This is just a look at a few things that caught my eye.  If you like to follow space exploration, go read

James Webb Space Telescope, rendering for NASA.  The diameter across those 18 hexagonal mirror "tiles" is 6.5 meters or 256 inches.  Intended for Infrared observation, it has nearly three times the aperture of the Hubble Space Telescope.  Lots of details here.


  1. That is, if the administrations don't change.

    I firmly believe that a new administration will shutter private and semi-private space exploration companies. On at least an 'environmental' basis and going up to out-right pandering of the ChiComs.

    So, yes, the future in 2021 for Space may be bright and shiny. Or...

    And ULA basing their rocket on vaporware-motors was and is dumb. If I were they (ULA)(hey, hey, that rhymes...) I would be working my overly bloated corporate corpse to a high sweat in finding another supplier. Of course, now that LockMart has bought Aerojet Rockedyne, mayhaps that is EXACTLY what is going on. I am sure that there is a design in AjRd's vast files that can be whipped out and working way before actual working models of BO's motor arrive (if ever...)

    Heck, I'm surprised ULA hasn't tried sucking up to SpaceX for a couple Raptors or even a brace of Merlins or something.

    I hope the future of space exploration includes the United States as a front-runner, rather than sucking hind-teat on a second-rate system like what the ChiComs and the Russkies use (sorry, not, but the Soyuz system was, is and always will be a friggin nightmare. We'd do better building Geminis and upsized versions of the Gem. Way too many close calls and 'Eh, it verks' attitude about their lauchers and space vehicles.)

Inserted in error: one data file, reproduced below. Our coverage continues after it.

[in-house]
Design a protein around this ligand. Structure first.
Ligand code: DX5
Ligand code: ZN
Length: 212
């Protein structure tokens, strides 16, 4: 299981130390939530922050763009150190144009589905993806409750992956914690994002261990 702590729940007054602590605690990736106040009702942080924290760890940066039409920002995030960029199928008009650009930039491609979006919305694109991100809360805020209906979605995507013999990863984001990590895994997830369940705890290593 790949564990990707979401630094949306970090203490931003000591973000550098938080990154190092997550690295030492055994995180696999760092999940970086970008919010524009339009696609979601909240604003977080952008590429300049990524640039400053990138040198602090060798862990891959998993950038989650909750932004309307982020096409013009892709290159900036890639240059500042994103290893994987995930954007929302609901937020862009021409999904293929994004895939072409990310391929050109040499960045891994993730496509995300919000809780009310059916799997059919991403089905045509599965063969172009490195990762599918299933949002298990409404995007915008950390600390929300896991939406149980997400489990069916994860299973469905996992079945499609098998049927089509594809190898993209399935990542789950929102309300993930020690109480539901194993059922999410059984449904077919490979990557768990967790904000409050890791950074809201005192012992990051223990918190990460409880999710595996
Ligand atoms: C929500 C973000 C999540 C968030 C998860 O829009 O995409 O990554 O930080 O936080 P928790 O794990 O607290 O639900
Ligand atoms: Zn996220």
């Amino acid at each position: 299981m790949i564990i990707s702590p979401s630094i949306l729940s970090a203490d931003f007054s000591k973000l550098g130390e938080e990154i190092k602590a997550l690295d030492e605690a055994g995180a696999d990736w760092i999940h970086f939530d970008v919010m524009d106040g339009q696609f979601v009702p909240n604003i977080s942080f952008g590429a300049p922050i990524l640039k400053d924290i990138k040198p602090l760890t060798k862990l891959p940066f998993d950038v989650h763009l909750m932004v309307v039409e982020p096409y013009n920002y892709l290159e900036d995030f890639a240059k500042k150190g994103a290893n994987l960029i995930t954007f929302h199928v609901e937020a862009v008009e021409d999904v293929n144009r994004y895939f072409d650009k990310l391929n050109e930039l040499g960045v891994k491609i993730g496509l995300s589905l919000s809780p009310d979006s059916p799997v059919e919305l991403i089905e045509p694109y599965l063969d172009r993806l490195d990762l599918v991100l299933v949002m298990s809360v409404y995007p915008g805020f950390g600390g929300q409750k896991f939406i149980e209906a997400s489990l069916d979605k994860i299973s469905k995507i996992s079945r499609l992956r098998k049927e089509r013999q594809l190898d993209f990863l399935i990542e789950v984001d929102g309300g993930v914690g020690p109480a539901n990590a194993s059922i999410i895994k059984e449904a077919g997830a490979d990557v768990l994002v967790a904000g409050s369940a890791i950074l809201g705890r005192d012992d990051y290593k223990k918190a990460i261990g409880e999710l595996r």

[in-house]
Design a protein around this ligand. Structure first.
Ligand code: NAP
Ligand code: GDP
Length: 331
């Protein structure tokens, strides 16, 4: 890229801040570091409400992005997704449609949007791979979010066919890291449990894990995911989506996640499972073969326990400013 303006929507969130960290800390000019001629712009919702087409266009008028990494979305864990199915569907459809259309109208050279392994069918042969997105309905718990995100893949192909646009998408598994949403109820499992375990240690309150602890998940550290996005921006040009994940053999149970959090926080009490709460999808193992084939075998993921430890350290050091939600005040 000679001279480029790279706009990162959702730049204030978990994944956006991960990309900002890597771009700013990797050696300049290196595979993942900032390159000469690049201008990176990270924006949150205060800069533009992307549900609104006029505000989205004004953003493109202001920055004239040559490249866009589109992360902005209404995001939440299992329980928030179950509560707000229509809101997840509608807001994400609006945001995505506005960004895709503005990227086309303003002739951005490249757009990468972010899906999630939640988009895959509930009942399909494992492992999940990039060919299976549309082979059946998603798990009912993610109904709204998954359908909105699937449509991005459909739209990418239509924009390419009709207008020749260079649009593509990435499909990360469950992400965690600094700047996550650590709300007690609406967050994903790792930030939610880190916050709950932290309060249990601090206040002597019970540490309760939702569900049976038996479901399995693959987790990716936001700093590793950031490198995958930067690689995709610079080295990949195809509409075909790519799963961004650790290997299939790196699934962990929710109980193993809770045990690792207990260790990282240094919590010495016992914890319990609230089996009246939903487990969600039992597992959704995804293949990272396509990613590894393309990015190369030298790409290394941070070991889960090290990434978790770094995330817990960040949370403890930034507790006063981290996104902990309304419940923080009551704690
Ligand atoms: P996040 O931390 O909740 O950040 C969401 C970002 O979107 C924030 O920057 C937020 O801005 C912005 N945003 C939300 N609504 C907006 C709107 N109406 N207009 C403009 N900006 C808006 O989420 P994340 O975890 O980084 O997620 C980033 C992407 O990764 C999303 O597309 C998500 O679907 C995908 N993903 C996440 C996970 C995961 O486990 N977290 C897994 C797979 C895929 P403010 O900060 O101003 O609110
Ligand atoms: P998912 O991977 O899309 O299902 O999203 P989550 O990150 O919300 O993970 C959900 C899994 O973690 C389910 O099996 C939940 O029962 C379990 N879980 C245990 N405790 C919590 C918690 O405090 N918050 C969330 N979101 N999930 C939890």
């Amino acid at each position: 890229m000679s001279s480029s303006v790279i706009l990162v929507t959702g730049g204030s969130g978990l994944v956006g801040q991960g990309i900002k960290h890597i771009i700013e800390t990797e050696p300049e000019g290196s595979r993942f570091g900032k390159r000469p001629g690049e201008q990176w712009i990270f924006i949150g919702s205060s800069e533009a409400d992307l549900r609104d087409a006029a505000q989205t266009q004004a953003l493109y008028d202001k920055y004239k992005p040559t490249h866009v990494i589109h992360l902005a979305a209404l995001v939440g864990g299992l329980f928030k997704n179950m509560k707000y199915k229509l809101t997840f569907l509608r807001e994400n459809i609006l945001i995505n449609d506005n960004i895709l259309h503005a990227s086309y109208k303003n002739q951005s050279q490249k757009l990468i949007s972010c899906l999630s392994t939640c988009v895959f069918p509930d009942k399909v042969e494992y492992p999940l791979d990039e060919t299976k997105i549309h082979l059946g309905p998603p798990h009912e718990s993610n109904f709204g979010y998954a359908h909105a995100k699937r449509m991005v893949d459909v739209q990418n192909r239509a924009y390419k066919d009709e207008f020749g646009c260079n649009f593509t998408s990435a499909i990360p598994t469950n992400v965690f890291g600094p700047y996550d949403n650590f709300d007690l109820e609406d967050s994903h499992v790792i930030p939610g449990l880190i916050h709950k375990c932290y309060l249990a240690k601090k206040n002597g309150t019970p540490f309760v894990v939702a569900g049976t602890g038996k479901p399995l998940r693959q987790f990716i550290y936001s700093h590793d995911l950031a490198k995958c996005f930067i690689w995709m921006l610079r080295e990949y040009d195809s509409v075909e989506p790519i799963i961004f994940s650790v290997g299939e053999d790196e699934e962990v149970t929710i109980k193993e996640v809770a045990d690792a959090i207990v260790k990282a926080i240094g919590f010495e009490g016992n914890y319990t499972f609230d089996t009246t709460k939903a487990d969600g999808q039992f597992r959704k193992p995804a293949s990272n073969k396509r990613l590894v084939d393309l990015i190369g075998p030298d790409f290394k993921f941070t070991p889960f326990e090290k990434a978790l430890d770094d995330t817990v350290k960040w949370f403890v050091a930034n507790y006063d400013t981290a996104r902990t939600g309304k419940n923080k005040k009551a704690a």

1. You can see it in their "Pride of Workmanship" standards. Where it absolutely has to be good, it's built and finished to very high standards. Where it doesn't have to be so good, like the metalwork and paint on the outer skin, it isn't. I've seen way better rattlecan paint jobs done by 15 year old kids. But, "It Works". Until somebody wires up some gyros backwards, or loads a wrong program into it, or....

    2. I firmly believe that a new administration will shutter private and semi-private space exploration companies.

      There's - perhaps - a foreshadowing of that generating some whispers now. SpaceX wants to do more from Boca Chica, including some orbital flights, if I understand it all. The FAA has decided their previous inspections and certifications won't count if they go that high. They're being looked at again, and it just has this whiff of putting up barriers. My interpretations; it might be as routine as can be, but I see a few words here and there about it.

      To be honest, it's a strange situation. There are residential areas on the island, just outside SpaceX's gate. The whole island is about two miles long, so they're closer than that to each other. Musk has tried to buy them out and wasn't successful.

      It's rather more dangerous than the guy in the neighborhood with several cars up on blocks in his yard, which is just an eyesore ;-)

      Of course, I'd be happy if they moved here but that's no reason to do anything. They had or still have a facility in Cocoa that was working on Starship and that operation appears to be shut down.

    3. I have been having tbe same misgivings that you have expressed if and most likely the Democrats rule this country (notice I did not say govern).